SECTION EDITOR: NORMAN J. PASTOREK, MD
The artist known as El Greco (Domenicos Theotocopulos, 1547-1614) is usually categorized as a Spanish artist even though he was actually born in Crete. It speaks directly to El Greco's fame that during his own lifetime he could be identified as simply “The Greek.” Although travel during his time was dangerous, time consuming, and often uncomfortable, El Greco managed to succeed as an artist in Crete, Italy, and Spain.
At the time of El Greco's birth, the island of Crete was ruled by the Republic of Venice. It was a far-flung outpost of the Latin West that still clung to the Greek Orthodox culture and remembered the days when Constantinople was the center of the world. Crete was more than a month's journey by ship to Venice, and the people of this island were not inclined to completely change their traditions to please a foreign ruler. For many years, tensions between Crete and Venice ran high, but the advancement of the Ottoman Empire made the Venetians realize that they could not afford to not have the people of Crete as their ally even though the Cretans were not completely ready to adopt the practices of the Venetians. The Ottoman Turks, who were quickly approaching, were Muslims, not Christians, and during this time there was virtually no separation between the political and the religious.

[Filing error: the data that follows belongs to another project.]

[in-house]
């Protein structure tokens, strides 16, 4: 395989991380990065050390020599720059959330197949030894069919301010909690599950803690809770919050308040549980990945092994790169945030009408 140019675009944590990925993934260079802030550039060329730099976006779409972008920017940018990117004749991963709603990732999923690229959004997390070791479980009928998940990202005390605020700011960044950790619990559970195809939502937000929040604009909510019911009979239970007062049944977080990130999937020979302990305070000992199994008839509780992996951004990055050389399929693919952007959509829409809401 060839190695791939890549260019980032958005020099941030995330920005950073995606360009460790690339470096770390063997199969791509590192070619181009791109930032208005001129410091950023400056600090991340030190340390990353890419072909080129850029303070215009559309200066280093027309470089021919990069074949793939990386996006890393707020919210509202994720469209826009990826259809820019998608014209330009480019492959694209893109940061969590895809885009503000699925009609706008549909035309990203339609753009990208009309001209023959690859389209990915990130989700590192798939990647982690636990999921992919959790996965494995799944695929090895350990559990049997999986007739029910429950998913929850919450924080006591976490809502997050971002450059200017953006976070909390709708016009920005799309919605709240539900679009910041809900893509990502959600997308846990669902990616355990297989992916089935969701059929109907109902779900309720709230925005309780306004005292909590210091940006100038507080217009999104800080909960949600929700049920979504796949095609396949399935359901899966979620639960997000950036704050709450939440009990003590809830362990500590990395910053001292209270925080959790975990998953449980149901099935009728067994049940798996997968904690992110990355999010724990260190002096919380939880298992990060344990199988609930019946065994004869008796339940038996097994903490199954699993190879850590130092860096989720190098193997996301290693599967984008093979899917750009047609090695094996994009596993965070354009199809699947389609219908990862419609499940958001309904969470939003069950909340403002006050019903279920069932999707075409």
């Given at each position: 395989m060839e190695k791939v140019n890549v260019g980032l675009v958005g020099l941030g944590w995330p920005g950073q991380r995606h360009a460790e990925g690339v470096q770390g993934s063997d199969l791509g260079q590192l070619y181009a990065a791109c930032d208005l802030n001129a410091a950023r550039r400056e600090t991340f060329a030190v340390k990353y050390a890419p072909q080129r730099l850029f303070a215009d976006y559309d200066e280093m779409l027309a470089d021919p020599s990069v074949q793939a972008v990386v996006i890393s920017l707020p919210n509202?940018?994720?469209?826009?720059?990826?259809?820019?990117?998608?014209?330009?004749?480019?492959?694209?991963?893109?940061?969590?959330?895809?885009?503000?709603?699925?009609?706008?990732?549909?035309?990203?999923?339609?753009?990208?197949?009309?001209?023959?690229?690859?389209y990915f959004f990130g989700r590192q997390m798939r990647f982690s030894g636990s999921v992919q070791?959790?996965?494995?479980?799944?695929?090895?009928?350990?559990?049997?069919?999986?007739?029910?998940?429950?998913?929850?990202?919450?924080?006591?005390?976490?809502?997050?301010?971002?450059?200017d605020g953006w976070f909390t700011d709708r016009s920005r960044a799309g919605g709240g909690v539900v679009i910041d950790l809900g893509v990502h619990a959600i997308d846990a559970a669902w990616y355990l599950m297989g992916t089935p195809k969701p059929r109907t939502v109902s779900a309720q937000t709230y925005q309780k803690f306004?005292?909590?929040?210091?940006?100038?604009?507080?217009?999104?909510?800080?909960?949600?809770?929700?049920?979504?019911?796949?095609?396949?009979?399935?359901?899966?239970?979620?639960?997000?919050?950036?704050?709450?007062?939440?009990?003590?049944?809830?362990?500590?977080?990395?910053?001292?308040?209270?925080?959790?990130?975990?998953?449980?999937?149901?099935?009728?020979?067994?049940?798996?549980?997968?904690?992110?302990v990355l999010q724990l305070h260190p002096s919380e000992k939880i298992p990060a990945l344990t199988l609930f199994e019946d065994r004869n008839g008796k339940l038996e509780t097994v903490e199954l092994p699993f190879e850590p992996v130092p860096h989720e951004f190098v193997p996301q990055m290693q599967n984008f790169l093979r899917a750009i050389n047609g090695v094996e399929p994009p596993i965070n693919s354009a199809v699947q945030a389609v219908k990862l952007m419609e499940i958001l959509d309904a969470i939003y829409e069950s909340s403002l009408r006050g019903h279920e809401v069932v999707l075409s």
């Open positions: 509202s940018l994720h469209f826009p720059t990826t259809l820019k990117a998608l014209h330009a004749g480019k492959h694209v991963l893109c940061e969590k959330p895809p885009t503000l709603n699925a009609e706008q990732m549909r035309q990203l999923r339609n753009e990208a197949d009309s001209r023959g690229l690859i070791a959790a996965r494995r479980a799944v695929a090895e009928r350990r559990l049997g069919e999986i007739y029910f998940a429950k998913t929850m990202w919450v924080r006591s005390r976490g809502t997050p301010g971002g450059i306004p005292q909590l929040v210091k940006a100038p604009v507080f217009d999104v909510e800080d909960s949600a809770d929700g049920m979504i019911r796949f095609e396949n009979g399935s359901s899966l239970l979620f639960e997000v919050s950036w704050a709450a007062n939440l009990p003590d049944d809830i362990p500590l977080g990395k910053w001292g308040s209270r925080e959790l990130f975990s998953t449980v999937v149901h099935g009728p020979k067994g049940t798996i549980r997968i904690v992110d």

Emily B. Collins. El Greco's Portrait of a Lady. JAMA Facial Plast Surg. 2013;15(3):244–245. doi:10.1001/jamafacial.2013.943